S tanding practically nose-to-nose, two angry women scream in each other’s faces. Their shrill voices barely register over the increasing din of the irate crowd, but their hostile body language speaks volumes. In the background, holiday music plays loudly—messages of peace and harmony that sound a discordant note at this acrimonious gathering.
This scene took place several weeks ago, when presidential hopeful Michele Bachmann stopped at Iowa City’s famed Hamburg Inn to speak to supporters during her caucus campaign. As exchanges between Republicans, Democrats, and local Occupy Iowa City protestors became more heated, Bachmann’s campaign organizers cranked up the music to try to drown out the boos and jeers.
Tempers continued to flare, though, and Iowa City police eventually intervened to restore order—temporarily, anyway. Sadly, such clashes are increasingly common now when Americans talk politics. Ironically, these protests took place only blocks from the University of Iowa campus—home to one of the nation’s best debate teams and repository of the official papers of a pioneering figure in the area of public discourse. What would A. Craig Baird—former UI professor and vociferous champion of civil debate—say about those sad events? Probably something similar to his commencement speech at the UI in 1952.
On that occasion, reading from a speech titled “The Responsibilities of Free Communication,” he told his audience of newly minted graduates that they must “reject communication as the primitive art of arousing the emotions…. College graduates, as well as reporters, columnists, congressional investigators, must join in the search for intelligent answers to intelligent questions.”
Only a few years earlier, American troops had fought and died in a brutal war against fascism in Europe. As Baird spoke, more Americans were helping Korean allies fight a different totalitarian regime. Even those green young men and women at commencement knew the importance of free exchange of ideas to a democratic government. What Baird wanted them to understand was their role in keeping those freedoms alive.
Before teaching his final class in 1969, Baird would write or edit more than 30 books on speech and public discourse, host weekly discussion programs on UI radio WSUI, and serve as director of the Iowa High School Forensic League for more than two decades. In his time, he was one of the most important thinkers on the issue of civil debate.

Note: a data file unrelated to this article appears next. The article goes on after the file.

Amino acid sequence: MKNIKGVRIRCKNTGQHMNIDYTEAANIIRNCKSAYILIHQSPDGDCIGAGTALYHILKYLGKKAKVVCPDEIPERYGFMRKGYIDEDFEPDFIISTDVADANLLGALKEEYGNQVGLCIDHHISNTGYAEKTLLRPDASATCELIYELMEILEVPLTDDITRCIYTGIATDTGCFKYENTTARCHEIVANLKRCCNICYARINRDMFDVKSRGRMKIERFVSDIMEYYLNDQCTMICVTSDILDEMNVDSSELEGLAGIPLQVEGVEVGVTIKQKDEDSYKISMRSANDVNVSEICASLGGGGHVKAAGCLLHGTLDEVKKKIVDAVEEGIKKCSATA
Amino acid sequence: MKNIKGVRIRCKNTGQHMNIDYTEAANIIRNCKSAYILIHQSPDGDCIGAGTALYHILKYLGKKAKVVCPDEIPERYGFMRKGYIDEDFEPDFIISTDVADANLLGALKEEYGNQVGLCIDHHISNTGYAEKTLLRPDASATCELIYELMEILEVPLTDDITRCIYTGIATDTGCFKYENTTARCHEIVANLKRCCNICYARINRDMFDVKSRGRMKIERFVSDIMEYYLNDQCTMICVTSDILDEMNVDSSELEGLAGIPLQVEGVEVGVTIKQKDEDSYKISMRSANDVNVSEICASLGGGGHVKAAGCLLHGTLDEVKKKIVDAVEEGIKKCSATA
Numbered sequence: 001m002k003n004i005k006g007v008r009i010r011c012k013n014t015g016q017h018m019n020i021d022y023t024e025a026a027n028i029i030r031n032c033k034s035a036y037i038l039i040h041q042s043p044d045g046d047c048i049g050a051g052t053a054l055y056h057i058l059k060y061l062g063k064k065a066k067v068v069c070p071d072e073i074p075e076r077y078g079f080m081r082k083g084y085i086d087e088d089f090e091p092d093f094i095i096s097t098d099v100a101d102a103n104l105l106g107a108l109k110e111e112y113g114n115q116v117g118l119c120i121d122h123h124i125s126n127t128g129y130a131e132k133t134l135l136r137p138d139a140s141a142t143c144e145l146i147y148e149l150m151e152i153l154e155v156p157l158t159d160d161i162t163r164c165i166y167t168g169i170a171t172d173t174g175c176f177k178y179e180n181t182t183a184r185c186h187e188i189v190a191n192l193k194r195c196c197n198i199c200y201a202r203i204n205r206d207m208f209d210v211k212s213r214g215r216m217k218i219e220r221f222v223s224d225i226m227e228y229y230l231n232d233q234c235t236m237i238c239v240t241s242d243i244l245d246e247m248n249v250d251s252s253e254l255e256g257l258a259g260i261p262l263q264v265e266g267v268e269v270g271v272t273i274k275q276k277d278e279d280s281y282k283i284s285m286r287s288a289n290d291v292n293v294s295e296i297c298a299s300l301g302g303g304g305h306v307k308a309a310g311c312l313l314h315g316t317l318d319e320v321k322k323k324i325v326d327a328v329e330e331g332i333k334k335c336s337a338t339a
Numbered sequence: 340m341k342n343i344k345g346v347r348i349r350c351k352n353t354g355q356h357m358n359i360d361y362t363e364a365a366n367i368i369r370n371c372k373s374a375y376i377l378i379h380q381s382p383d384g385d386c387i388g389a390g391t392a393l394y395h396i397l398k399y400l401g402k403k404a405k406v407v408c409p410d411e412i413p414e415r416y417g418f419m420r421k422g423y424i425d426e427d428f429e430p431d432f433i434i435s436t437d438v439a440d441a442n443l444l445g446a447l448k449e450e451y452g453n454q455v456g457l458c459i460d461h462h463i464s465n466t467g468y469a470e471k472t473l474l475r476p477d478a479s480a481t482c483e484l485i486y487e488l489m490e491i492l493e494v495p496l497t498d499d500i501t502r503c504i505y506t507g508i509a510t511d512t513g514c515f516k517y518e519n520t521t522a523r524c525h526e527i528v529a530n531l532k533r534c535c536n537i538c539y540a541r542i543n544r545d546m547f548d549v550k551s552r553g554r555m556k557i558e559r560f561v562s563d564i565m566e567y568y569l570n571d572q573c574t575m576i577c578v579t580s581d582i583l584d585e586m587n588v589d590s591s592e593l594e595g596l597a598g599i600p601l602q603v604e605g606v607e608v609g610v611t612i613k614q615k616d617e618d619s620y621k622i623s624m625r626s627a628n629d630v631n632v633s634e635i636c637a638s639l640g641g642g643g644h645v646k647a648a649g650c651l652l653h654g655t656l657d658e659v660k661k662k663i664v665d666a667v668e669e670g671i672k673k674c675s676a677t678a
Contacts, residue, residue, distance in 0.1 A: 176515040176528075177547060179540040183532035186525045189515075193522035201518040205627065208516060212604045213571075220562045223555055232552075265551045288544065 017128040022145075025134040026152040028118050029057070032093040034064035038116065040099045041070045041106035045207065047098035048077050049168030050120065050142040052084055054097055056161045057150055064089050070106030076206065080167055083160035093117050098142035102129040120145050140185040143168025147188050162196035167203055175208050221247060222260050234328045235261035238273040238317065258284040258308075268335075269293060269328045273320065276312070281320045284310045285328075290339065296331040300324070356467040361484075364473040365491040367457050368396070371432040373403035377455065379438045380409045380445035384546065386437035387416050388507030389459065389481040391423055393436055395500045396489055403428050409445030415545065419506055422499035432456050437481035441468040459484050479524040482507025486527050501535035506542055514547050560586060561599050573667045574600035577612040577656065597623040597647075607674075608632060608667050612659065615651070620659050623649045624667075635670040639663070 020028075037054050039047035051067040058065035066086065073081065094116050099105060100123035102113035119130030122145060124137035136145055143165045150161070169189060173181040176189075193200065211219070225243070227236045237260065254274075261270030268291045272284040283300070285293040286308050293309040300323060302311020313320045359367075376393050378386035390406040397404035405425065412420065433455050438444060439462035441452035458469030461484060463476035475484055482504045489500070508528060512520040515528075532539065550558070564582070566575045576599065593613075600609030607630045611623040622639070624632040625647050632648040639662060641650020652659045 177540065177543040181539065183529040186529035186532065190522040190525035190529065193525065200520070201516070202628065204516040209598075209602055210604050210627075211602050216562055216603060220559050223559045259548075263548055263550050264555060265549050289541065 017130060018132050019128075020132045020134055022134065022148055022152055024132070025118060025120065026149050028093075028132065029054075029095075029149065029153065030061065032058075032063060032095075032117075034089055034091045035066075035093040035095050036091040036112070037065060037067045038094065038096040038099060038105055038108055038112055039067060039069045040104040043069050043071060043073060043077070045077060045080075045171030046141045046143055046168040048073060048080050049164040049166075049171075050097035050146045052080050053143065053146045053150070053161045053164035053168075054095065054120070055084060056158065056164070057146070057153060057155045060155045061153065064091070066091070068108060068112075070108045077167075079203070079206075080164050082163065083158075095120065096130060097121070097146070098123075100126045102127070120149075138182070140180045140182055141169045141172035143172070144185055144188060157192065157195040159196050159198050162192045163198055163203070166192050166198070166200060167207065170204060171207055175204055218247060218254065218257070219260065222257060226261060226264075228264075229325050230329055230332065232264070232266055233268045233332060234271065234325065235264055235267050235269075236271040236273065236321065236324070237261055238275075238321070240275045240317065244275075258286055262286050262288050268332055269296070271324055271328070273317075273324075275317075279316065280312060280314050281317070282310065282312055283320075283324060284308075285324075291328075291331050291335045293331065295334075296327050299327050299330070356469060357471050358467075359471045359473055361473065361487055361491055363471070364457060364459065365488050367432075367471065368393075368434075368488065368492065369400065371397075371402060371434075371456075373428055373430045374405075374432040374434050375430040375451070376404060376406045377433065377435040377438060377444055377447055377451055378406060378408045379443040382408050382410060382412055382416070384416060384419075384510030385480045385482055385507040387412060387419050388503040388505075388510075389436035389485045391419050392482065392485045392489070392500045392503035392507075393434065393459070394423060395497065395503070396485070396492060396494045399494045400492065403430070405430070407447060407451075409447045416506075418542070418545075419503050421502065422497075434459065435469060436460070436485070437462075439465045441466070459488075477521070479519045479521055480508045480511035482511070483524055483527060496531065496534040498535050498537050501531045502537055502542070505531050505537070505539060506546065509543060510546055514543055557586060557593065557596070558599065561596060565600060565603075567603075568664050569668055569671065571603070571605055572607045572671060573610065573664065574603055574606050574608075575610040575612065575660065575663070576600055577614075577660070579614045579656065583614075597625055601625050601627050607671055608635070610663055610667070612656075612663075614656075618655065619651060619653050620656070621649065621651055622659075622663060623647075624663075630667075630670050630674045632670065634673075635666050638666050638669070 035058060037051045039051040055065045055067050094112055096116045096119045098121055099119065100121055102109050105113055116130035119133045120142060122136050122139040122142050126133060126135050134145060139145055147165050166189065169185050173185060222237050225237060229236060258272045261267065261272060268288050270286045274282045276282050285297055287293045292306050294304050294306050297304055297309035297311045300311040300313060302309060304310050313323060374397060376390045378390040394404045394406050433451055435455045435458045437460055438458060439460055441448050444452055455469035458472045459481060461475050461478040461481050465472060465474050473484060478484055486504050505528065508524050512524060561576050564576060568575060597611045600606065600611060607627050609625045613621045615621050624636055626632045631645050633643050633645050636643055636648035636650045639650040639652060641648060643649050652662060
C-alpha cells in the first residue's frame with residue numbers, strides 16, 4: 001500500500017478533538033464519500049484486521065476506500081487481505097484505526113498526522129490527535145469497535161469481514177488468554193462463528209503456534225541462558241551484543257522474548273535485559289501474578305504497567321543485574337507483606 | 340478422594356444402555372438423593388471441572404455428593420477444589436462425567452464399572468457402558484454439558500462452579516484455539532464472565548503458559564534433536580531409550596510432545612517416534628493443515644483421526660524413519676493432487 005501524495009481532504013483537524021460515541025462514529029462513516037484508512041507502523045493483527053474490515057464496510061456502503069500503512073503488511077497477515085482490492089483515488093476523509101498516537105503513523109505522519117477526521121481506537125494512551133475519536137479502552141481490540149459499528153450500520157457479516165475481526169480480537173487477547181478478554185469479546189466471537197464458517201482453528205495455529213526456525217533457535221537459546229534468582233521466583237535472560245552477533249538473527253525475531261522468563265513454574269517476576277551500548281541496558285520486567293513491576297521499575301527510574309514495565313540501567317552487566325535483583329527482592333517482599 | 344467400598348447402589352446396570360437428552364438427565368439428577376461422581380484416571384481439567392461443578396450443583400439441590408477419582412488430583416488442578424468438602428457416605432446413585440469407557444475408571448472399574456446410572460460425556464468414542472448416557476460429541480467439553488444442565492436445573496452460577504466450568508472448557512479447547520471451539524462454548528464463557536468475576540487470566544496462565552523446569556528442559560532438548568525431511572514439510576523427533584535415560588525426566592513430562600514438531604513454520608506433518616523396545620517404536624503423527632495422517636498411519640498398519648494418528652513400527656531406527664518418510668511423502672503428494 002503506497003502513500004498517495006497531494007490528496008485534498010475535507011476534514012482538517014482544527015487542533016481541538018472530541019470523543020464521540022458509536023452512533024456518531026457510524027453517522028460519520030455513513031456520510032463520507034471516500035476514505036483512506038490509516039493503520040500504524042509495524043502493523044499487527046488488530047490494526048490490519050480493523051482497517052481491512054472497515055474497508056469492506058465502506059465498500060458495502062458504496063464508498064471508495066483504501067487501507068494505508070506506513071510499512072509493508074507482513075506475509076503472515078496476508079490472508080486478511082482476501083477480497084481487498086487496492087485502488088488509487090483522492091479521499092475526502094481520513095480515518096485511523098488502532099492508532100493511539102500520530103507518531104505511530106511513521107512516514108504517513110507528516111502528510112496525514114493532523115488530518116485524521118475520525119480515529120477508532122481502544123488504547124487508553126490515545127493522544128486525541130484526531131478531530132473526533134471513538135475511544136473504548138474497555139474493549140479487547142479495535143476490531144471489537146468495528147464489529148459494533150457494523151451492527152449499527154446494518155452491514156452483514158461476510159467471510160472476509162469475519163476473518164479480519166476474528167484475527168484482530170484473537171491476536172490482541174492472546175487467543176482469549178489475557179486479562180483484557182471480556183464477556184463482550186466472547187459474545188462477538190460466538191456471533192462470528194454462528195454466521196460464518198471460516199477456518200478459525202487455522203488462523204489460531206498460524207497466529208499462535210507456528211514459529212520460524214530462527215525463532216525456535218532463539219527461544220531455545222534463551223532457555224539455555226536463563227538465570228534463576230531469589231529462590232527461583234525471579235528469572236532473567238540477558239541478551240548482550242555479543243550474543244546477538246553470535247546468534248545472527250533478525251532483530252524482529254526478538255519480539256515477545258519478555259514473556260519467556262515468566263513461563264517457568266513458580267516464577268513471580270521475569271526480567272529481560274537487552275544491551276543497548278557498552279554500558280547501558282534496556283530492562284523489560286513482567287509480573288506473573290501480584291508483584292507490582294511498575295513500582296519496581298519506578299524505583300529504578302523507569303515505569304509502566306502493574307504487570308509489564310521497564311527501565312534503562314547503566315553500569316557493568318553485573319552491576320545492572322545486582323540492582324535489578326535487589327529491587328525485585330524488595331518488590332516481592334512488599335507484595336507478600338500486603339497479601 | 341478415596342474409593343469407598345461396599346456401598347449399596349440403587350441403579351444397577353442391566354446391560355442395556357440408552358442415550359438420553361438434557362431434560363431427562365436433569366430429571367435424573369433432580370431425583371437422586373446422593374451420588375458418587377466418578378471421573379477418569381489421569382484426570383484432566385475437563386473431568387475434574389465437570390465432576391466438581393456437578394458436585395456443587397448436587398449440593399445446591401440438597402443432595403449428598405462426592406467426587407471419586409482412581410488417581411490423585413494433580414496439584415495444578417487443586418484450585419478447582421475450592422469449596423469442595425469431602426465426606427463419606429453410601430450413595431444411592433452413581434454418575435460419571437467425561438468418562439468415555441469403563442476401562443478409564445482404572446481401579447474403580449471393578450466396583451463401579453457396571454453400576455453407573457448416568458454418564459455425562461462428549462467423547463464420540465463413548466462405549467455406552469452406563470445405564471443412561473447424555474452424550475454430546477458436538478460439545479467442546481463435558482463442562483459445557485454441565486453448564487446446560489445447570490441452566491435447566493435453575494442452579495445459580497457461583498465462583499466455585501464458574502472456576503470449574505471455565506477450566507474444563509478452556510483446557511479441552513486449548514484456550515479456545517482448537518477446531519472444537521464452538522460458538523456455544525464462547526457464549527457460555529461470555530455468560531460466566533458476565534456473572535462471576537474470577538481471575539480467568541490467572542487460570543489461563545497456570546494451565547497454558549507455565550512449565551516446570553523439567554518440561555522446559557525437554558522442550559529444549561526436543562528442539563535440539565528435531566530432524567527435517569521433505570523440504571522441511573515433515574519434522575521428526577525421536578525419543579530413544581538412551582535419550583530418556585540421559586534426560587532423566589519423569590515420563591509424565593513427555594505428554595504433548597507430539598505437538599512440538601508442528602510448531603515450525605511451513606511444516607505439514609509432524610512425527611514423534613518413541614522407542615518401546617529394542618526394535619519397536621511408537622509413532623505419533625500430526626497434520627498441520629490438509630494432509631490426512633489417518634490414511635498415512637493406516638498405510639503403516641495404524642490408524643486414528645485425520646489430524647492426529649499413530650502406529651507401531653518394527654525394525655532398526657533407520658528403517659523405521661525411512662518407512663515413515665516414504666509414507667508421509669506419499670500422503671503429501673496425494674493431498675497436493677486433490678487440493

Undoubtedly, he would have approved of a symposium organized this past fall by the UI Public Policy Center, a multi-disciplinary think-tank that conducts academic research to help inform policymakers. “Conflict and Civility in Public Discourse—Where Is the Line?” attracted expert speakers, who examined topics such as the historical roots of public incivility, the role of the media and social networks, and efforts to improve the situation.
What exactly is civility? Civilpolitics.org, which provides a clearinghouse for research and approaches to improving America’s political dialogue, defines it as “the ability to disagree with others while respecting their sincerity and decency.”
Former Iowa Congressman Jim Leach, who delivered one of the UI symposium’s keynote speeches, agrees. “Argument implies that you don’t only speak; you also listen,” he says. “You have to use your ears and not just your mouth. That doesn’t mean that you can’t be a conviction conservative or a conviction liberal, but it does mean that you recognize that there can be a basis for other convictions.
“One of the great challenges is to develop an instinct for respect, particularly for people with whom you most disagree.”
Of course, it’s much easier to point fingers at what others are doing wrong rather than assume any responsibility for being part of the problem. Many Americans seem to interpret the First Amendment to the U.S. Constitution as only their right to freedom of speech. Far less attractive is the responsibility to speak as citizens, to address important issues of the day in a constructive way.
Just this past December, at an event on the UI campus, a protester shouted down Republican presidential hopeful Newt Gingrich, yelling: “You seem to have a Ph.D. in cheating on your wife!”
Such nasty jabs and low blows are no less damaging for being verbal rather than physical. But, do they “cross the line” of acceptable behavior?
During the opening session of the UI symposium, Public Policy Center Director Peter Damiano, 82BS, 86DDS, noted that it’s difficult to draw a hard and fast line of what’s acceptable. “Sometimes, change does need people to stand up and scream,” he said, referring to the founding of the United States and the civil rights movement. Still, as he pointed out, when the U.S. Constitution was being drawn up and some delegates didn’t agree with the proposals, the group worked together to reach an acceptable compromise.
Essentially, America’s political system depends on a rational exchange of views; it relies on healthy debate that, ideally, leads to the best ideas for mutual governance. As Baird told the class of 1952, “Ours is a government of talk…. Only thus can we have mature opinion and responsible action.”
In today’s polarized political landscape, though, such a marketplace of ideas can seem like an optimist’s dream. “There’s a social cleavage of attitudes that is very stark today—and surprisingly uncompromising,” says Leach, now chairman of the National Endowment for the Humanities (NEH). When he was first elected to Congress in 1978, Leach says all the politicians “considered themselves part of a decision-making body.” Today, majority parties feel they don’t need to listen to the minority, and party-line voting is the norm.